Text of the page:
21 June 2012

197. Post-mortem of the Moe Quake

The news keep on reporting about a single injured person who was unlucky enough to be standing on a ladder close to the epicentre, but beyond that it seems like no-one else suffered any injuries serious enough to warrant medical attention.

Property damages are a different story though, but the news are having a field day with it, so no point in me repeating what they are saying. My only comment is that the Gippsland/La Trobe Valley area has been hit hard lately, first by floods, storms and now an earthquake -- in addition to recent job losses and uncertainties.

Anyway, science.

www.ga.gov.au has a nice page with technical information about the earthquake:

There are several seismograms available from different stations around the country (am I the only chemist who looks at them wanting to apply a FFT?)



Northern QLD

The shape varies with the distance from the earthquake, which I guess tallies with different types of waves travelling at different speeds.

For those of us who are reasonably new to this area, the USGS has a historical earthquake map over Melbourne and the Gippsland/La Trobe valley area.

Here's seismicity in Australia as a whole, and it shows that SE Victoria is no stranger to phenomenon:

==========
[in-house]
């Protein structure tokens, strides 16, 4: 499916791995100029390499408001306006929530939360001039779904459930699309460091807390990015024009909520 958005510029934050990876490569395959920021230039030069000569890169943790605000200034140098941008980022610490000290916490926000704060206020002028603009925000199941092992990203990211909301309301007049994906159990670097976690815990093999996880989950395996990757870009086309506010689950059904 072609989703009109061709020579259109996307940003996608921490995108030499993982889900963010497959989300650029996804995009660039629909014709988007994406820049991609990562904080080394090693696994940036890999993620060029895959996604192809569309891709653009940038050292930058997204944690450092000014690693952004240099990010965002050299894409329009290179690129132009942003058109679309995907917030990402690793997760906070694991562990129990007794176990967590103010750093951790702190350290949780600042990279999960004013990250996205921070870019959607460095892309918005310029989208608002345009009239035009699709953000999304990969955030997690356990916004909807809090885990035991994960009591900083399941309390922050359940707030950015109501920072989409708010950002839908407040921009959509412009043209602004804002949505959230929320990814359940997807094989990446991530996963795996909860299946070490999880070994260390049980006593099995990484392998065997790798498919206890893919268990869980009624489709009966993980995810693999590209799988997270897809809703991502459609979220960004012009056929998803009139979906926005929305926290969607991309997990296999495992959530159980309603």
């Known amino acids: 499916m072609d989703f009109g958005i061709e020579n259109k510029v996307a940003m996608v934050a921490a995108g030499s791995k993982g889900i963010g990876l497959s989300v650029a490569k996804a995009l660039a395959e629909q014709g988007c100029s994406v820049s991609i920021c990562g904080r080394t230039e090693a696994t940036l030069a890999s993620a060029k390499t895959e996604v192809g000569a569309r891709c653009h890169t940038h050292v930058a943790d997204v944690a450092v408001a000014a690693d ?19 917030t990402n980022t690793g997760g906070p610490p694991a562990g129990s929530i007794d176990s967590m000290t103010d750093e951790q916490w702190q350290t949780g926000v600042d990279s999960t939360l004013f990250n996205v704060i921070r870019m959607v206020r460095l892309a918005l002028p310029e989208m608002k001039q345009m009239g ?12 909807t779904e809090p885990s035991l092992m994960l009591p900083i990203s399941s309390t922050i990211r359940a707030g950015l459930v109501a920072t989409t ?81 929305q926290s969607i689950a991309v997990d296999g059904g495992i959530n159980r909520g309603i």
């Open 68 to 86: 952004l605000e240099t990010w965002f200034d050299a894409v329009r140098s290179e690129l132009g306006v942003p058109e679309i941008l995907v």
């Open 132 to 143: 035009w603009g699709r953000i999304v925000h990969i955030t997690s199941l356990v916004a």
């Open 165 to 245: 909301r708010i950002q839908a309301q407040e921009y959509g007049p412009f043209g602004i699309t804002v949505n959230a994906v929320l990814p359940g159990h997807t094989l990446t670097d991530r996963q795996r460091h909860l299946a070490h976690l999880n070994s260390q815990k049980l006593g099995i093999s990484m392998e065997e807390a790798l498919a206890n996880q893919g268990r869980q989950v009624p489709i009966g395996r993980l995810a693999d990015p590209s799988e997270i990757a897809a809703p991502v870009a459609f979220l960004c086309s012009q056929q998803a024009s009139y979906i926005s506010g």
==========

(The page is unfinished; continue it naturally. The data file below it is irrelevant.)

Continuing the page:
Big earthquakes are a different matter though: http://earthquake.usgs.gov/earthquakes/world/australia/seismicity.php

Only a handful of earthquakes show up on this map, and they are  in WA and NT.

Here's a map with the number of large earthquakes per year (5 and above) -- and Melbourne is by no means the worst hit by the Top 5 cities in Australia

Finally, here's a map with the 'earthquake hazard' estimates for different regions of Australia:

It seems like SE Tassie is the safest, inhabited area. SW WA is the least safe one, but is still nothing compared to PNG and Indonesia and other countries on plate boundaries.

Here's a full paper on seismic hazards in Australia, which contains a nice map with past earthquakes indicated on it: http://www.sciencedirect.com/science/article/pii/S0040195104002185
I'm loading the picture from the publisher's website which is probably the lesser of two evils.

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